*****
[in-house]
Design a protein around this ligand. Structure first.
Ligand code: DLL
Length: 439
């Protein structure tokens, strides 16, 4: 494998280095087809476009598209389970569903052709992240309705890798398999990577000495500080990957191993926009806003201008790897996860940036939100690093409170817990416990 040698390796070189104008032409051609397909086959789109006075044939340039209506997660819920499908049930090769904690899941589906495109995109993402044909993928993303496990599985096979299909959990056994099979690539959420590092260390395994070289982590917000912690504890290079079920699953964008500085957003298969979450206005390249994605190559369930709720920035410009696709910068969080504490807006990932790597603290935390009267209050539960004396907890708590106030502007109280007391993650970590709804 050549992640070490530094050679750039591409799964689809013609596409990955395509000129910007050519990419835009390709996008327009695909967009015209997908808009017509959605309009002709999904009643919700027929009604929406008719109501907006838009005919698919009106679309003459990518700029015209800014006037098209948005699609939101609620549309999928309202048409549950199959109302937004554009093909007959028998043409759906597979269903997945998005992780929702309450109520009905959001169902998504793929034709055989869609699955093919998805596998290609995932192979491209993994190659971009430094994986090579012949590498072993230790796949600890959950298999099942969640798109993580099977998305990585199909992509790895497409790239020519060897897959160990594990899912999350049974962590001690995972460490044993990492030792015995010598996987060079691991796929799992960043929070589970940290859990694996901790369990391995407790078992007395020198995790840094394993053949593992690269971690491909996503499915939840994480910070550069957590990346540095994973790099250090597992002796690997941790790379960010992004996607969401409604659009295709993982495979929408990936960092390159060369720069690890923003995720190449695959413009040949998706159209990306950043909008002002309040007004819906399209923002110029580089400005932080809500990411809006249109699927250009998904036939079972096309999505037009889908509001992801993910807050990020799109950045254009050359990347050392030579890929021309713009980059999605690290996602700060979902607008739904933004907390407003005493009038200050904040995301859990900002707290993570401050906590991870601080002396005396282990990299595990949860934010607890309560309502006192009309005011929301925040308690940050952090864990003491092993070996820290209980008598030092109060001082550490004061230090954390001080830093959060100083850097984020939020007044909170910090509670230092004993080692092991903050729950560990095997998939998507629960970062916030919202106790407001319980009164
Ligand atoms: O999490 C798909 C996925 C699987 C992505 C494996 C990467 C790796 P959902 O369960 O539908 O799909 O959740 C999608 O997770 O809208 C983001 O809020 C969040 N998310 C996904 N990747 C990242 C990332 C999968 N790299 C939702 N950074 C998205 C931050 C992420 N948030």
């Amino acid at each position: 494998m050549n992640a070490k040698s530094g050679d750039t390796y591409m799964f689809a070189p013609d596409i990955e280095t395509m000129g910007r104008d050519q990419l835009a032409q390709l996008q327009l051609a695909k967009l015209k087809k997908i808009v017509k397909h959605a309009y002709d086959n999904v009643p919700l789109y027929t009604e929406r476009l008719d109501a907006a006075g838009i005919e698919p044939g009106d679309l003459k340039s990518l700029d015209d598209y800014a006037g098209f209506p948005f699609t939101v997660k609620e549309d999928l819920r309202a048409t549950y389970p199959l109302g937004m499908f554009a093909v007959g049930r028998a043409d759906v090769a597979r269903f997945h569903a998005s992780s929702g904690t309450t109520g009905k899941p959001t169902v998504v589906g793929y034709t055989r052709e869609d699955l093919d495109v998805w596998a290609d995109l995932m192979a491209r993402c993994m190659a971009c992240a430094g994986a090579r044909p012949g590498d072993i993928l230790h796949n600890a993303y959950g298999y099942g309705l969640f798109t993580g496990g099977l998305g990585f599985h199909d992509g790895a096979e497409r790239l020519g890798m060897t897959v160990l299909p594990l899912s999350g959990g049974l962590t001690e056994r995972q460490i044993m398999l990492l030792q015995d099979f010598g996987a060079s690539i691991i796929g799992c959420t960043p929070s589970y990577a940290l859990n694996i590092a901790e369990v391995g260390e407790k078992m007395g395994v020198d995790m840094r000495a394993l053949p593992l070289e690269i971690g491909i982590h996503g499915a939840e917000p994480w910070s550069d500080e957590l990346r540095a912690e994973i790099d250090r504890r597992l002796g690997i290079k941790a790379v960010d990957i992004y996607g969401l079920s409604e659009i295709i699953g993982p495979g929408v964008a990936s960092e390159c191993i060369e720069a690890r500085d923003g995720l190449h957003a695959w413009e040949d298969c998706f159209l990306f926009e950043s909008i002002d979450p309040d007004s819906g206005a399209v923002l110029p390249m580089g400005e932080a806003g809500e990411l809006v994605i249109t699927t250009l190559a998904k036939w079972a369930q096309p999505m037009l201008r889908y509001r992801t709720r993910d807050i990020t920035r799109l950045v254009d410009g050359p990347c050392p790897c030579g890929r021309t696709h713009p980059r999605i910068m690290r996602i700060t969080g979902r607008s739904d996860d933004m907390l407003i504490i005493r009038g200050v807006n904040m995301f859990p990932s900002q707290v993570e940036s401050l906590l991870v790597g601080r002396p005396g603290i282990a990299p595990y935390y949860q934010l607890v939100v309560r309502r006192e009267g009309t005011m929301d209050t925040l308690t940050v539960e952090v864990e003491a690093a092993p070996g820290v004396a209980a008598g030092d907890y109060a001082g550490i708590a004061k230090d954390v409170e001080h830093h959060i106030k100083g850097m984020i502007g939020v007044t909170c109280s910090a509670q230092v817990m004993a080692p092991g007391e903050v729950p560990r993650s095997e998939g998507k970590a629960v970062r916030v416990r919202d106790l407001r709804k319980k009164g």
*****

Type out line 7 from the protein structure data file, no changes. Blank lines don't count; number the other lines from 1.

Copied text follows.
């Amino acid at each position: 494998m050549n992640a070490k040698s530094g050679d750039t390796y591409m799964f689809a070189p013609d596409i990955e280095t395509m000129g910007r104008d050519q990419l835009a032409q390709l996008q327009l051609a695909k967009l015209k087809k997908i808009v017509k397909h959605a309009y002709d086959n999904v009643p919700l789109y027929t009604e929406r476009l008719d109501a907006a006075g838009i005919e698919p044939g009106d679309l003459k340039s990518l700029d015209d598209y800014a006037g098209f209506p948005f699609t939101v997660k609620e549309d999928l819920r309202a048409t549950y389970p199959l109302g937004m499908f554009a093909v007959g049930r028998a043409d759906v090769a597979r269903f997945h569903a998005s992780s929702g904690t309450t109520g009905k899941p959001t169902v998504v589906g793929y034709t055989r052709e869609d699955l093919d495109v998805w596998a290609d995109l995932m192979a491209r993402c993994m190659a971009c992240a430094g994986a090579r044909p012949g590498d072993i993928l230790h796949n600890a993303y959950g298999y099942g309705l969640f798109t993580g496990g099977l998305g990585f599985h199909d992509g790895a096979e497409r790239l020519g890798m060897t897959v160990l299909p594990l899912s999350g959990g049974l962590t001690e056994r995972q460490i044993m398999l990492l030792q015995d099979f010598g996987a060079s690539i691991i796929g799992c959420t960043p929070s589970y990577a940290l859990n694996i590092a901790e369990v391995g260390e407790k078992m007395g395994v020198d995790m840094r000495a394993l053949p593992l070289e690269i971690g491909i982590h996503g499915a939840e917000p994480w910070s550069d500080e957590l990346r540095a912690e994973i790099d250090r504890r597992l002796g690997i290079k941790a790379v960010d990957i992004y996607g969401l079920s409604e659009i295709i699953g993982p495979g929408v964008a990936s960092e390159c191993i060369e720069a690890r500085d923003g995720l190449h957003a695959w413009e040949d298969c998706f159209l990306f926009e950043s909008i002002d979450p309040d007004s819906g206005a399209v923002l110029p390249m580089g400005e932080a806003g809500e990411l809006v994605i249109t699927t250009l190559a998904k036939w079972a369930q096309p999505m037009l201008r889908y509001r992801t709720r993910d807050i990020t920035r799109l950045v254009d410009g050359p990347c050392p790897c030579g890929r021309t696709h713009p980059r999605i910068m690290r996602i700060t969080g979902r607008s739904d996860d933004m907390l407003i504490i005493r009038g200050v807006n904040m995301f859990p990932s900002q707290v993570e940036s401050l906590l991870v790597g601080r002396p005396g603290i282990a990299p595990y935390y949860q934010l607890v939100v309560r309502r006192e009267g009309t005011m929301d209050t925040l308690t940050v539960e952090v864990e003491a690093a092993p070996g820290v004396a209980a008598g030092d907890y109060a001082g550490i708590a004061k230090d954390v409170e001080h830093h959060i106030k100083g850097m984020i502007g939020v007044t909170c109280s910090a509670q230092v817990m004993a080692p092991g007391e903050v729950p560990r993650s095997e998939g998507k970590a629960v970062r916030v416990r919202d106790l407001r709804k319980k009164g």